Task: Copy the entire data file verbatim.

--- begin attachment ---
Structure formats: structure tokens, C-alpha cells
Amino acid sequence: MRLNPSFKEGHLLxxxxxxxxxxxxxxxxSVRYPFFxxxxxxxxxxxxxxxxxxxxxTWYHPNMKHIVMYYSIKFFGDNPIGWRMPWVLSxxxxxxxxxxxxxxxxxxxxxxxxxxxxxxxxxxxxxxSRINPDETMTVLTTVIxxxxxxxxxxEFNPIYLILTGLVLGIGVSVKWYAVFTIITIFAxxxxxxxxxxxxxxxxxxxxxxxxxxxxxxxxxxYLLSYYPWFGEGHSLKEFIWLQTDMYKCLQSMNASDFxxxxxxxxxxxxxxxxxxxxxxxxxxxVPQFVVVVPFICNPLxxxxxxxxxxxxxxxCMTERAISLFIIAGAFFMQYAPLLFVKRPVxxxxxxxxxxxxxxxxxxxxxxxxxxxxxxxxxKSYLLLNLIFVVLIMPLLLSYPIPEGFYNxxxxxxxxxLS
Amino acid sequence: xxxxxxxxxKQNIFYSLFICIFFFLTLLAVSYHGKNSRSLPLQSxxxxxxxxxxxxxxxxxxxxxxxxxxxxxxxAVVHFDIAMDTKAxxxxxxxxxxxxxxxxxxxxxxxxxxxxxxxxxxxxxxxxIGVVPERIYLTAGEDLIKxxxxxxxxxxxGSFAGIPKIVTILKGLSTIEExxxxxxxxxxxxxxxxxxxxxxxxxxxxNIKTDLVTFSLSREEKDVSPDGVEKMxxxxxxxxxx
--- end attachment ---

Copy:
Structure formats: structure tokens, C-alpha cells
Amino acid sequence: MRLNPSFKEGHLLxxxxxxxxxxxxxxxxSVRYPFFxxxxxxxxxxxxxxxxxxxxxTWYHPNMKHIVMYYSIKFFGDNPIGWRMPWVLSxxxxxxxxxxxxxxxxxxxxxxxxxxxxxxxxxxxxxxSRINPDETMTVLTTVIxxxxxxxxxxEFNPIYLILTGLVLGIGVSVKWYAVFTIITIFAxxxxxxxxxxxxxxxxxxxxxxxxxxxxxxxxxxYLLSYYPWFGEGHSLKEFIWLQTDMYKCLQSMNASDFxxxxxxxxxxxxxxxxxxxxxxxxxxxVPQFVVVVPFICNPLxxxxxxxxxxxxxxxCMTERAISLFIIAGAFFMQYAPLLFVKRPVxxxxxxxxxxxxxxxxxxxxxxxxxxxxxxxxxKSYLLLNLIFVVLIMPLLLSYPIPEGFYNxxxxxxxxxLS
Amino acid sequence: xxxxxxxxxKQNIFYSLFICIFFFLTLLAVSYHGKNSRSLPLQSxxxxxxxxxxxxxxxxxxxxxxxxxxxxxxxAVVHFDIAMDTKAxxxxxxxxxxxxxxxxxxxxxxxxxxxxxxxxxxxxxxxxIGVVPERIYLTAGEDLIKxxxxxxxxxxxGSFAGIPKIVTILKGLSTIEExxxxxxxxxxxxxxxxxxxxxxxxxxxxNIKTDLVTFSLSREEKDVSPDGVEKMxxxxxxxxxx